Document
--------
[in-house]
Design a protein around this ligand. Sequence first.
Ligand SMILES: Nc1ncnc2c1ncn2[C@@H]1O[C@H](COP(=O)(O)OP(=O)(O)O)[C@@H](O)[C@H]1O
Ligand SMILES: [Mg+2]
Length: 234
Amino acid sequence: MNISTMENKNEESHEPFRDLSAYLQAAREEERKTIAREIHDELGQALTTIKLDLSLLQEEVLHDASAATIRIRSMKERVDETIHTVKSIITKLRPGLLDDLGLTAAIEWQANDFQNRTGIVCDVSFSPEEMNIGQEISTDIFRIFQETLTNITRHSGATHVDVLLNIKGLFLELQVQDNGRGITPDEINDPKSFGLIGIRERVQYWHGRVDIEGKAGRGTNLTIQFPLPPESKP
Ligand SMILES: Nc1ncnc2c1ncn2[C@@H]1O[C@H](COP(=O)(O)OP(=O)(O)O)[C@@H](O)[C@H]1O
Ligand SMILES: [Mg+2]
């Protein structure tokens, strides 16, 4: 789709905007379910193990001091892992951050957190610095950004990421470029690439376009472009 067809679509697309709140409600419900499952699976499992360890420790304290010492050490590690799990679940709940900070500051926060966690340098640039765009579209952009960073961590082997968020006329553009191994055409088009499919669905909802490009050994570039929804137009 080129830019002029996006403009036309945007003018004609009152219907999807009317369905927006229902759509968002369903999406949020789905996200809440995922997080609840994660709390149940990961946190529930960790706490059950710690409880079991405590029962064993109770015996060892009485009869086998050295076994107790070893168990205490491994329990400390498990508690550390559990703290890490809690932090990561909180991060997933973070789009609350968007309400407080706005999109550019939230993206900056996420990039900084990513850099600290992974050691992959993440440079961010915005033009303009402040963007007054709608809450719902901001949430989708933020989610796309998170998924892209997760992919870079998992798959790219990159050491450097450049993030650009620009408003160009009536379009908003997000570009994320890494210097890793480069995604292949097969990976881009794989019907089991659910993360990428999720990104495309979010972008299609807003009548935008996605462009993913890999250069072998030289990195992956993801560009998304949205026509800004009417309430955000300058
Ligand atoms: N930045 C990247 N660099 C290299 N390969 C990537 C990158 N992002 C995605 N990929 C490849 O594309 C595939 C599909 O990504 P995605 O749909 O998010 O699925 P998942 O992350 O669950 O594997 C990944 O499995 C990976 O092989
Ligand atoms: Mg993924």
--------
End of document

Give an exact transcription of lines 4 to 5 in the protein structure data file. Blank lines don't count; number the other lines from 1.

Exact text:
Ligand SMILES: [Mg+2]
Length: 234